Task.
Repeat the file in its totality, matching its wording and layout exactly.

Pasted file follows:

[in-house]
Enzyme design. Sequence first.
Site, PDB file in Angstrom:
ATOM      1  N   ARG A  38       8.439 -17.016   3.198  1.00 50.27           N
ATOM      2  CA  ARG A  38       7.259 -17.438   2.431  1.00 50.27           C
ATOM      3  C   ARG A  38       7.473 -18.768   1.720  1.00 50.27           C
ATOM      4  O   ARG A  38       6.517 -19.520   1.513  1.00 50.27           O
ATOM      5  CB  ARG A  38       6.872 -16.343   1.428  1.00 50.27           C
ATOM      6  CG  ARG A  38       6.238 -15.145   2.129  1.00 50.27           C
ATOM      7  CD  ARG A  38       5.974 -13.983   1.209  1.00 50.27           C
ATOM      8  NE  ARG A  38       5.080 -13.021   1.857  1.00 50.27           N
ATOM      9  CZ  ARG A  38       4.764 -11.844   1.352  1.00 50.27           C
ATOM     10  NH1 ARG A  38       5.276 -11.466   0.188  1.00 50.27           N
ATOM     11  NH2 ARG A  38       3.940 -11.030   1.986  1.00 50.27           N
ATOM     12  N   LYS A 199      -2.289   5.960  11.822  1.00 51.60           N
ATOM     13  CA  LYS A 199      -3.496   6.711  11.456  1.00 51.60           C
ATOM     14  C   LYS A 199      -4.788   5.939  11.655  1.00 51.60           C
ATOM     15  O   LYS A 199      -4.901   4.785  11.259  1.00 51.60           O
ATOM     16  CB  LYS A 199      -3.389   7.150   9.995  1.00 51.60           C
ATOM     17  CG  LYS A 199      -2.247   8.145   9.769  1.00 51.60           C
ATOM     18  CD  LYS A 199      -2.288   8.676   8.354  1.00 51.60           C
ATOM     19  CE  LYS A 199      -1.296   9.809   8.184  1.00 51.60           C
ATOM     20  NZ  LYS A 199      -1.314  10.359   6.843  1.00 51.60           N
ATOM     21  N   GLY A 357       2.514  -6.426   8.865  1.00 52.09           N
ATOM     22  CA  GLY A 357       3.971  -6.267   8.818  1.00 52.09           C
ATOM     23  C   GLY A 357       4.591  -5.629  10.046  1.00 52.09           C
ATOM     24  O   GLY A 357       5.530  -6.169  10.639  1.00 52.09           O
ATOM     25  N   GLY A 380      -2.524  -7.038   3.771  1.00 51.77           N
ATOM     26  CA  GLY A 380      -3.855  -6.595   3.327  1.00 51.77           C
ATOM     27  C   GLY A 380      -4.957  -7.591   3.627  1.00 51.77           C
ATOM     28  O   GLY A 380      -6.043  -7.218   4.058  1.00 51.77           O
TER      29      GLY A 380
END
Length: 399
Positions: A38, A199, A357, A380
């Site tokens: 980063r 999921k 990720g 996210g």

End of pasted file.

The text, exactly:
[in-house]
Enzyme design. Sequence first.
Site, PDB file in Angstrom:
ATOM      1  N   ARG A  38       8.439 -17.016   3.198  1.00 50.27           N
ATOM      2  CA  ARG A  38       7.259 -17.438   2.431  1.00 50.27           C
ATOM      3  C   ARG A  38       7.473 -18.768   1.720  1.00 50.27           C
ATOM      4  O   ARG A  38       6.517 -19.520   1.513  1.00 50.27           O
ATOM      5  CB  ARG A  38       6.872 -16.343   1.428  1.00 50.27           C
ATOM      6  CG  ARG A  38       6.238 -15.145   2.129  1.00 50.27           C
ATOM      7  CD  ARG A  38       5.974 -13.983   1.209  1.00 50.27           C
ATOM      8  NE  ARG A  38       5.080 -13.021   1.857  1.00 50.27           N
ATOM      9  CZ  ARG A  38       4.764 -11.844   1.352  1.00 50.27           C
ATOM     10  NH1 ARG A  38       5.276 -11.466   0.188  1.00 50.27           N
ATOM     11  NH2 ARG A  38       3.940 -11.030   1.986  1.00 50.27           N
ATOM     12  N   LYS A 199      -2.289   5.960  11.822  1.00 51.60           N
ATOM     13  CA  LYS A 199      -3.496   6.711  11.456  1.00 51.60           C
ATOM     14  C   LYS A 199      -4.788   5.939  11.655  1.00 51.60           C
ATOM     15  O   LYS A 199      -4.901   4.785  11.259  1.00 51.60           O
ATOM     16  CB  LYS A 199      -3.389   7.150   9.995  1.00 51.60           C
ATOM     17  CG  LYS A 199      -2.247   8.145   9.769  1.00 51.60           C
ATOM     18  CD  LYS A 199      -2.288   8.676   8.354  1.00 51.60           C
ATOM     19  CE  LYS A 199      -1.296   9.809   8.184  1.00 51.60           C
ATOM     20  NZ  LYS A 199      -1.314  10.359   6.843  1.00 51.60           N
ATOM     21  N   GLY A 357       2.514  -6.426   8.865  1.00 52.09           N
ATOM     22  CA  GLY A 357       3.971  -6.267   8.818  1.00 52.09           C
ATOM     23  C   GLY A 357       4.591  -5.629  10.046  1.00 52.09           C
ATOM     24  O   GLY A 357       5.530  -6.169  10.639  1.00 52.09           O
ATOM     25  N   GLY A 380      -2.524  -7.038   3.771  1.00 51.77           N
ATOM     26  CA  GLY A 380      -3.855  -6.595   3.327  1.00 51.77           C
ATOM     27  C   GLY A 380      -4.957  -7.591   3.627  1.00 51.77           C
ATOM     28  O   GLY A 380      -6.043  -7.218   4.058  1.00 51.77           O
TER      29      GLY A 380
END
Length: 399
Positions: A38, A199, A357, A380
């Site tokens: 980063r 999921k 990720g 996210g």